Vision and Values
The Methodist Church is a Discipleship Movement shaped for Mission
All can be saved
Methodist teaching is traditionally summarised:
‘All need to be saved.
All may be saved.
All may know themselves saved.
All may be saved to the uttermost.’
The Rev. John Wesley was born June 17, 1703, the 15th of 19 children of the Rev. Samuel and Susanna Wesley. Samuel was controversial because of his political leanings. Locals mocked his children, burned the family crops, and damaged the rectory of the Epworth Anglican Parish in Lincolnshire, England.
John Wesley graduated from Oxford University and became a priest in the Church of England in 1728. Beginning in 1729, he participated in the Holy Club, a religious study group organized by his brother Charles (1707-1788). Critics ridiculed the “Methodists” for their methodical study and devotion. Bound by covenant, they worshipped, prayed and studied-and visited prisoners and cared for the poor, orphans and the sick, emphasizing both personal and social holiness.
A turning point in Wesley’s life followed a two-year missionary trip (1735-1737) to Savannah, GA. On May 24, 1738, Wesley, then 34, attended a Moravian service at Aldersgate Street in London. Listening to the reading of Luther’s Preface to the Epistle to the Romans, he heard an explanation of faith and the doctrine of justification by faith. “I felt my heart strangely warmed,” he wrote. “I felt I did trust in Christ, Christ alone, for salvation; and an assurance was given me that He had taken away my sins.” In 1739, Wesley accepted an invitation from his friend George Whitefield to preach in the open air to miners near Bristol. He said he had “till very lately” considered preaching outside a pulpit as “almost a sin.” The miners’ response led him to preach outside the church often to working-class people who found little welcome in established churches. Other Anglican clergy refused to follow his example, so Wesley allowed lay people to preach and teach.
Some scholars credit the Wesleyan movement with preventing civil war in England, especially as it crossed class lines and allowed women to share in leadership.
In 1743, as the number of societies grew, Wesley prepared “General Rules” for the societies. They became the nucleus of the Methodist Discipline. The breach between Wesley and the Church of England gradually widened, but he never considered his societies to be outside the Anglican Church. After Anglican clergy fled America during the Revolution, Wesley was faced with caring for some 15,000 followers there. The Bishop of London refused to ordain any clergy for him, so Wesley ordained ministers on his own authority, an important step in the creation of the Methodist Church in America.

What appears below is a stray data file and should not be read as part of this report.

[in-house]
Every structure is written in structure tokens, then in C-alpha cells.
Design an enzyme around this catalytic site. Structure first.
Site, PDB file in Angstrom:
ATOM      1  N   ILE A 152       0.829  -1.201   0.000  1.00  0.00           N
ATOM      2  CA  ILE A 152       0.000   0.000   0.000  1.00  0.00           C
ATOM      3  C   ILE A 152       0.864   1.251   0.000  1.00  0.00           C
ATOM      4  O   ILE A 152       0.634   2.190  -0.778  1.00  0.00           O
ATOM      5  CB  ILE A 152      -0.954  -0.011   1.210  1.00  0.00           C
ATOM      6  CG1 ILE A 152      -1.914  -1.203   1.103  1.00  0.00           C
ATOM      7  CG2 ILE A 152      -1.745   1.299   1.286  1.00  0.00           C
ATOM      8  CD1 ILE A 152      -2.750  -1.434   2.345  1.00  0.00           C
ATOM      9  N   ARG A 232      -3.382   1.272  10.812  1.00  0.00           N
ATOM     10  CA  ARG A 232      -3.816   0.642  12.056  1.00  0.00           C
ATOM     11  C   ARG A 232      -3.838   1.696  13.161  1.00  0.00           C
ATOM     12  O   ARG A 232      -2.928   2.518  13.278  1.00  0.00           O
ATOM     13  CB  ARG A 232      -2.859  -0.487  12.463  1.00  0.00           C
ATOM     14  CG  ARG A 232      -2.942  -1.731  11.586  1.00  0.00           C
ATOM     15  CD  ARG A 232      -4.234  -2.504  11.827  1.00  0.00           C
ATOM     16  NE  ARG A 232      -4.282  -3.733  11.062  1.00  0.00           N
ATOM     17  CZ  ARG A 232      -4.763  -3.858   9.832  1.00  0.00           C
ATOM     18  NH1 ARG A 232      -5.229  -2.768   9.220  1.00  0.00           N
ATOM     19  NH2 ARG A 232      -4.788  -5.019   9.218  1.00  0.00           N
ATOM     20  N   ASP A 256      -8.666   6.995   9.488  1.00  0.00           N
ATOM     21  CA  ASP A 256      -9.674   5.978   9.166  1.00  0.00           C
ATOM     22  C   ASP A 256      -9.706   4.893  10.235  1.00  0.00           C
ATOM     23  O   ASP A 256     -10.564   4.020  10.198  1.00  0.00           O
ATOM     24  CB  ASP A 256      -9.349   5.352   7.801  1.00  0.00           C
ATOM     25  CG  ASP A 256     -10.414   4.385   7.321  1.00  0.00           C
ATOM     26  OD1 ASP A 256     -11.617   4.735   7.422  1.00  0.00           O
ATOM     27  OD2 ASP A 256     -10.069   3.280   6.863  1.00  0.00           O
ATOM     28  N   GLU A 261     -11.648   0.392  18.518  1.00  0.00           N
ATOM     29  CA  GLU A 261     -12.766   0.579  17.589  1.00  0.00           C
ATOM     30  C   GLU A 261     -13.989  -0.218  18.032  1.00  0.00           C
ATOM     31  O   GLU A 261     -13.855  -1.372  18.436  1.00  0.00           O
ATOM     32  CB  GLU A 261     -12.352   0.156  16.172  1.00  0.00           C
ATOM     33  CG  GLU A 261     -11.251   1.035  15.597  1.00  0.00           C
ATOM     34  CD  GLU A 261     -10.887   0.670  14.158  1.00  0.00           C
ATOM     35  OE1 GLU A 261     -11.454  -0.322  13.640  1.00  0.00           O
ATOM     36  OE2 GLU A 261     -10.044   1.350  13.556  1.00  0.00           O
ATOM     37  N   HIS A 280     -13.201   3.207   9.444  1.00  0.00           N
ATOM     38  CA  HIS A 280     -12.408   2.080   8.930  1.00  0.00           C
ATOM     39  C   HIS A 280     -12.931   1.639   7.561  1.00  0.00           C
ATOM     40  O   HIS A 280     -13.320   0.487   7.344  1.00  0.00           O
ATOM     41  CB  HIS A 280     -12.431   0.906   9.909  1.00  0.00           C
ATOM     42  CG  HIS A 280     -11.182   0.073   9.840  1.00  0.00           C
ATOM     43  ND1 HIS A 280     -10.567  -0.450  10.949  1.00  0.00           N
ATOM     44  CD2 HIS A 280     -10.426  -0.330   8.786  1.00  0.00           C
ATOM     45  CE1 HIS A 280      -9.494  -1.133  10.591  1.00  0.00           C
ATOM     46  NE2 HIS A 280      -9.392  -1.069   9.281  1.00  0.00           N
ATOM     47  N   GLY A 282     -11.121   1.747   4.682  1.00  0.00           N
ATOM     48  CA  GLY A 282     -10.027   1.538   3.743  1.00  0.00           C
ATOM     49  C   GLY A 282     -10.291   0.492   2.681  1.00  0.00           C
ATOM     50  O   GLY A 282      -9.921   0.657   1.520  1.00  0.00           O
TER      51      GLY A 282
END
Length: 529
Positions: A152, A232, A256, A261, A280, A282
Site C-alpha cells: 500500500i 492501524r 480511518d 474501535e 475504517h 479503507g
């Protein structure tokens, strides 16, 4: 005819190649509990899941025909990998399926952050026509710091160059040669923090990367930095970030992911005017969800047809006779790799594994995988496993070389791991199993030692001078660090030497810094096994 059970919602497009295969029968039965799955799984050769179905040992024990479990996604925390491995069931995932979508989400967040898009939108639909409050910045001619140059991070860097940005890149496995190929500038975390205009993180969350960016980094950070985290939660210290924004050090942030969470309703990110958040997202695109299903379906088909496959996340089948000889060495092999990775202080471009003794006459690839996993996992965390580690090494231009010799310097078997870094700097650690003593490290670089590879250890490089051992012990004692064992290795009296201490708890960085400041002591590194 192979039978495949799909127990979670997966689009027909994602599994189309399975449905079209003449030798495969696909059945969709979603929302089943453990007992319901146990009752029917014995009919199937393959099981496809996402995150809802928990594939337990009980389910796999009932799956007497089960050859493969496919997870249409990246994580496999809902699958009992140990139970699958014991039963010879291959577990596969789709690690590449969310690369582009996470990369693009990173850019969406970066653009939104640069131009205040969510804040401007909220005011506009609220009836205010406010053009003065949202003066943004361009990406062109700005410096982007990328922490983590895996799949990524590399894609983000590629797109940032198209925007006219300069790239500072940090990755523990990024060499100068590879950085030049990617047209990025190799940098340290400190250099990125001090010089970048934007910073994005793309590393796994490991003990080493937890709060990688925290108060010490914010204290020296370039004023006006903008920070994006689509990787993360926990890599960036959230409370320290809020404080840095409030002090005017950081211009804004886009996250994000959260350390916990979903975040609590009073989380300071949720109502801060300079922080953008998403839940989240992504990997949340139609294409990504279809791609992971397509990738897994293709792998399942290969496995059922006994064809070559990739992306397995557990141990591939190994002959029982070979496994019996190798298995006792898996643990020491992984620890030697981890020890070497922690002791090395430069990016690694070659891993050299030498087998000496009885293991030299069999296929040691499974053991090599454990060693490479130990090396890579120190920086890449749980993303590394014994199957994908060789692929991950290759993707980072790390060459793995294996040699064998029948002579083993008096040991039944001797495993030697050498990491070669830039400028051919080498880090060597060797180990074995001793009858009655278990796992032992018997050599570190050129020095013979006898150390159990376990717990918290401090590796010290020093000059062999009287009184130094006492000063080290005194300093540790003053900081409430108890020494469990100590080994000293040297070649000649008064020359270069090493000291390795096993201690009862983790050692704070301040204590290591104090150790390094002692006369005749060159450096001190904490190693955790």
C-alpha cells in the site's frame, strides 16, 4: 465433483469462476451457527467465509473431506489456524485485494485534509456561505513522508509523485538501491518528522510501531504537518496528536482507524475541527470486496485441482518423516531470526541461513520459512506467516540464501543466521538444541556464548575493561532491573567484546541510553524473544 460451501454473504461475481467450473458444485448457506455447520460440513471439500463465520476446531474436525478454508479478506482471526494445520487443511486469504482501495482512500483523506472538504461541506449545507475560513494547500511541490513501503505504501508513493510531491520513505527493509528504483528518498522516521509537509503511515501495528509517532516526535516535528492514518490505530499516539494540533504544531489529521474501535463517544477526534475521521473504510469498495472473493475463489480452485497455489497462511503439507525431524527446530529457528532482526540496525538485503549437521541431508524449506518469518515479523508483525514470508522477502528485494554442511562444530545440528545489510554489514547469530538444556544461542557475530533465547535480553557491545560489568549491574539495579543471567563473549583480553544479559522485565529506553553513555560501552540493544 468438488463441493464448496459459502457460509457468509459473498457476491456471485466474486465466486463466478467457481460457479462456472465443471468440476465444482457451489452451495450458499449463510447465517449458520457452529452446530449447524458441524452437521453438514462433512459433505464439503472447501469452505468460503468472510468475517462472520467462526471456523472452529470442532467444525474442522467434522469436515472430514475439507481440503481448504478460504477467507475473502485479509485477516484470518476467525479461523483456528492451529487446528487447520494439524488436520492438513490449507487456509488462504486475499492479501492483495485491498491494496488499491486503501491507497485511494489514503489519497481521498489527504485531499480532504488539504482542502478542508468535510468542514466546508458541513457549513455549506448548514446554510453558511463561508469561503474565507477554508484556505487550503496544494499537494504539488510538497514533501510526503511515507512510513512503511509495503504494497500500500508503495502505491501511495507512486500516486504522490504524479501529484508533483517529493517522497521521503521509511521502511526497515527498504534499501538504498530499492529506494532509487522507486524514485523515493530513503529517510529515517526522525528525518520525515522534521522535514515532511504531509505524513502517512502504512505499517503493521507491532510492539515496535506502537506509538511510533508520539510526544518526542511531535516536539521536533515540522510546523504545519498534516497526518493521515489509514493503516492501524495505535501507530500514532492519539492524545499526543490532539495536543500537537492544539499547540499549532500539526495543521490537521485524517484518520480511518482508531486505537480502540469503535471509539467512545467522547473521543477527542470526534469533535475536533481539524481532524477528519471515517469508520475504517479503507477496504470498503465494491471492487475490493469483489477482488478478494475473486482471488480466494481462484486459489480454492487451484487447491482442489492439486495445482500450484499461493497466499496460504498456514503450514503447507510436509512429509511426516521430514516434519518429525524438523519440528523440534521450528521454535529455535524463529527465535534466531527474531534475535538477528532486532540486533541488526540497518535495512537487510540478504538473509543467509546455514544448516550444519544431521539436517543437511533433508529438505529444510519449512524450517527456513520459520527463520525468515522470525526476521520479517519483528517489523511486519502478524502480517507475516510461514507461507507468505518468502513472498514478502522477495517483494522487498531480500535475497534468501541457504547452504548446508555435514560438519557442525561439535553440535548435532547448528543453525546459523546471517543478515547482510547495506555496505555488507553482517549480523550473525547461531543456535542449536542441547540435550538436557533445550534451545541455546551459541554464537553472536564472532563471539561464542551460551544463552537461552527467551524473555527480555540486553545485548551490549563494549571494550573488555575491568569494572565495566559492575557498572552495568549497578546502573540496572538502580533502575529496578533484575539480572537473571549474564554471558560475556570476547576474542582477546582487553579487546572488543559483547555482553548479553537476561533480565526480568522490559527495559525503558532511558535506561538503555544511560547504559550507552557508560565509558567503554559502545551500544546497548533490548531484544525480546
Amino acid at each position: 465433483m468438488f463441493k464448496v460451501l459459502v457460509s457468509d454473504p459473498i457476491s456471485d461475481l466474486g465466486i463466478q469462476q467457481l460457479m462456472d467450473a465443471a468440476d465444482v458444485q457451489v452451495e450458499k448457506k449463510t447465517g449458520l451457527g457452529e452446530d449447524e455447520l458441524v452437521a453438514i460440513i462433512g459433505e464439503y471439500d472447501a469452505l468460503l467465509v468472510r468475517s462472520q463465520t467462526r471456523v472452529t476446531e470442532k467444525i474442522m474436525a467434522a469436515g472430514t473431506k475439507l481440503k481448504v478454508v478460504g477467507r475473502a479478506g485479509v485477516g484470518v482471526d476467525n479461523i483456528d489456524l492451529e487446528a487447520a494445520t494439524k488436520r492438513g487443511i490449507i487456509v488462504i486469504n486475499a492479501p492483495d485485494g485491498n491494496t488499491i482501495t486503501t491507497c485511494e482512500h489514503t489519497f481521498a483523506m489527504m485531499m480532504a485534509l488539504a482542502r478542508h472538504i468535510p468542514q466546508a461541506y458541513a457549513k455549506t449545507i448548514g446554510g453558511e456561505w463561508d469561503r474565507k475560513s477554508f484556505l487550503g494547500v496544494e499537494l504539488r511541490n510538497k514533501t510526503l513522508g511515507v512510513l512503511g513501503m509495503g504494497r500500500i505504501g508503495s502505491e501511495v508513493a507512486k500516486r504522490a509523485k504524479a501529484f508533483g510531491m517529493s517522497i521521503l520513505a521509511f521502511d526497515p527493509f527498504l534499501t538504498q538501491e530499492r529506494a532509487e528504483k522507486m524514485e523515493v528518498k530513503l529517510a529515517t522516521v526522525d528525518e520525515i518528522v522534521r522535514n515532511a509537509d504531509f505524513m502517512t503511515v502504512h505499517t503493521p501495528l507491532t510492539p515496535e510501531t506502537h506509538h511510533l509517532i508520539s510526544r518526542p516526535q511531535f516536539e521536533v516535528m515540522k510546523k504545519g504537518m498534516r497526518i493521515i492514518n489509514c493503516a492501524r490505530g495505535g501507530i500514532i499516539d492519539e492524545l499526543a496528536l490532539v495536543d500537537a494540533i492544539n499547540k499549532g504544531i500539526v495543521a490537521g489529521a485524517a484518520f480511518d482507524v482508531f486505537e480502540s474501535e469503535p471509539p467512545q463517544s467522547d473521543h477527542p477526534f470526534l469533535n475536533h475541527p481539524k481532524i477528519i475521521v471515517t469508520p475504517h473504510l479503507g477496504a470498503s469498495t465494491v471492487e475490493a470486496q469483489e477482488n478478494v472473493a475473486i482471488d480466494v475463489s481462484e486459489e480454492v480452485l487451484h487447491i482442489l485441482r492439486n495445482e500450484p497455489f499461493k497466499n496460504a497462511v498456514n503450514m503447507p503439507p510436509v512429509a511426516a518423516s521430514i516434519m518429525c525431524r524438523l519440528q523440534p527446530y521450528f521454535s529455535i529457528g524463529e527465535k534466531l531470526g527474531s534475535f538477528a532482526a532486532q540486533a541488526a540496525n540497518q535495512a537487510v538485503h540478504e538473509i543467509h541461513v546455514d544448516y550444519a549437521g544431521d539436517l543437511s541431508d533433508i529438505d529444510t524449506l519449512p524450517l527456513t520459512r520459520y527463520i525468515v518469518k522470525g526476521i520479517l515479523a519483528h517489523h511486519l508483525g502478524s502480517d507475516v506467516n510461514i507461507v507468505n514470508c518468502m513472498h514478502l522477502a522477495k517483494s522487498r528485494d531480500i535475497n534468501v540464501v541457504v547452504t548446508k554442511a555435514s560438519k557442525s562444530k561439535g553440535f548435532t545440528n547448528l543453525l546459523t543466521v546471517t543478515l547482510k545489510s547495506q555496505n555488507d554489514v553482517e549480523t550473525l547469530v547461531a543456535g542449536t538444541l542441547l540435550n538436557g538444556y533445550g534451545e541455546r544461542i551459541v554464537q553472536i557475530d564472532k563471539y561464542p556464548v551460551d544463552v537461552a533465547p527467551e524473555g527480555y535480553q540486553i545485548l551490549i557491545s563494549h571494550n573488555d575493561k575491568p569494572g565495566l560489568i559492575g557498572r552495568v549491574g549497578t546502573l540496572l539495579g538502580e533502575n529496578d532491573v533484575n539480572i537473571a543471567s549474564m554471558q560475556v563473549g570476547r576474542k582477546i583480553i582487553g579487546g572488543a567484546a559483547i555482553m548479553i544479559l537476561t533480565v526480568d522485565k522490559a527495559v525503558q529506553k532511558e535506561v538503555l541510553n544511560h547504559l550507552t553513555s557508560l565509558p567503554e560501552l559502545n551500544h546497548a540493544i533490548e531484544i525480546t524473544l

Wesley is believed to have traveled more than 250,000 miles and to have preached more than 40,000 times. He died in 1791. He affirmed the Trinity, the Resurrection, the Ascension and the “sufficiency of Scriptures for salvation.” He did not believe in Purgatory and opposed the practice of clergy speaking in Latin or any language not understood by parishioners. He accepted only baptism and communion as sacraments. He used reason, tradition and experience as tools to derive the truth contained in Scripture. He considered the doctrines of justification and new birth to be fundamental. “In the moment we are justified by the grace of God, through the redemption that is in Jesus, we are as “born of the Spirit,’” Wesley wrote.
A grassroots movement
It is a strong feature of Methodism that ordinary lay people play a major part in the running of the Church. A recent survey of Methodist congregations revealed that three out four individuals who responded held some sort of church role.
Local lay people called ‘stewards’ take responsibility for the fabric of church buildings and manses and for the handling of money. They share with ordained ministers the role of setting direction for the churches in a particular area or ‘circuit’.
Worship each week is not always led by an ordained minister, but often by a local preacher – a lay person who has been trained and authorized to lead worship and preach. Every ordained minister in the Methodist Church was first a local preacher.
At all levels of the Methodist Church, lay people are involved in decision making, and the vice-president of the Conference is always a lay person.
This emphasis goes back to the roots of Methodism. John Wesley was very much a folk theologian who wanted to speak ‘plain truth to plain people’. He took seriously the working people of his day. He addressed his preaching to them, and drew great crowds in the street or on hillsides.
He also trusted them with responsibilities. In building the local Methodist groups or ‘societies’, he trained many lay people who then maintained the meetings and gave pastoral care and challenge to the members. He also trained preachers, who led worship locally, rather than travelling the country like himself.